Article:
Search tips
Search criteria 


Logo of brjsmedBritish Journal of Sports MedicineVisit this articleSubmit a manuscriptReceive email alertsContact usBMJ
Br J Sports Med. 1994 December; 28(4): 223–228.
PMCID: PMC1332080

The New Zealand Rugby Injury and Performance Project: I. Design and methodology of a prospective follow-up study.


Injury resulting from participation in sporting and physical recreational activities is a major contributor to the overall incidence of injury in the developed world. If sports injuries are to be reduced, a comprehensive approach must be taken to define the nature and magnitude of the problem, to establish models of relationships between risk factors, protective factors and injury experience, and to address injury through well designed intervention and evaluation programmes. The Rugby Injury and Performance Project (RIPP) is a prospective cohort study designed to examine the risk and protective factors for rugby injury. Data were collected on potential risk and protective factors from the RIPP cohort pre-season. Data on exposure to rugby, injury events and medical treatments were collected from the players each week during the season through telephone interviews. Pre-season measures were repeated post-season. A key feature of the design was that data were collected on both injured and non-injured players, allowing a longitudinal comparison of the injury experience of players with and without the factors of interest. A wealth of information was collected on each cohort member during the pre-season interview. A contact rate of 90% was achieved during the weekly follow-up phase. Post-season questionnaires were completed by 76% of the players and 88% of the coaches. Recommendations are made for the use of this methodology by other researchers and future directions for RIPP are described.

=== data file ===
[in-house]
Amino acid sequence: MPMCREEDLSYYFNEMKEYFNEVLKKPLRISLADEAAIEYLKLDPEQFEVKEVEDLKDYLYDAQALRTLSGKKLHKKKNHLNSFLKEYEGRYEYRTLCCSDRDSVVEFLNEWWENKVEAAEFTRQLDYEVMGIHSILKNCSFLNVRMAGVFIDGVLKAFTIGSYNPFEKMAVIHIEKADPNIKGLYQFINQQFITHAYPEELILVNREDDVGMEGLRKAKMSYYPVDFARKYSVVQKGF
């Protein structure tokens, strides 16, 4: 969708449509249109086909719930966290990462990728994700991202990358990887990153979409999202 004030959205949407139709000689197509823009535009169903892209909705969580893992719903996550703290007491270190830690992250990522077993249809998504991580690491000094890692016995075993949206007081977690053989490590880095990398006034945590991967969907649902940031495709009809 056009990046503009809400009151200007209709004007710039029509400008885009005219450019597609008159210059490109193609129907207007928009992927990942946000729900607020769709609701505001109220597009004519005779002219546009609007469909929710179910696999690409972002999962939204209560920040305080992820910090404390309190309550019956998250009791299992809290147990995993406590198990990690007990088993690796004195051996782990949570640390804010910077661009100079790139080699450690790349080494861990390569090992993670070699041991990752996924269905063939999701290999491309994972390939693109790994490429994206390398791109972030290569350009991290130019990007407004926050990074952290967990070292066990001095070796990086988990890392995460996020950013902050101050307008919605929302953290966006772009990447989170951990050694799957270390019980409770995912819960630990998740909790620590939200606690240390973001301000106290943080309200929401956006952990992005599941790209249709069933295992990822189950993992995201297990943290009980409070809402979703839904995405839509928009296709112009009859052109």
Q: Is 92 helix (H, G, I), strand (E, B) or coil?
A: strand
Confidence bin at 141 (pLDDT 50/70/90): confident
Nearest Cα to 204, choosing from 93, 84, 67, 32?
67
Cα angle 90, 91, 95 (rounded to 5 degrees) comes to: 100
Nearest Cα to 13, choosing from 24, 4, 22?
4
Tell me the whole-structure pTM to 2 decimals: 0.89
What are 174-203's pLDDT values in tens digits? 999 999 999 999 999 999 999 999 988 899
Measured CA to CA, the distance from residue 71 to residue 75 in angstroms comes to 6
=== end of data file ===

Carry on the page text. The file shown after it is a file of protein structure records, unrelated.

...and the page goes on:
Full text

Full text is available as a scanned copy of the original print version. Get a printable copy (PDF file) of the complete article (1.5M), or click on a page image below to browse page by page.

Images in this article

Click on the image to see a larger version.

Articles from British Journal of Sports Medicine are provided here courtesy of BMJ Group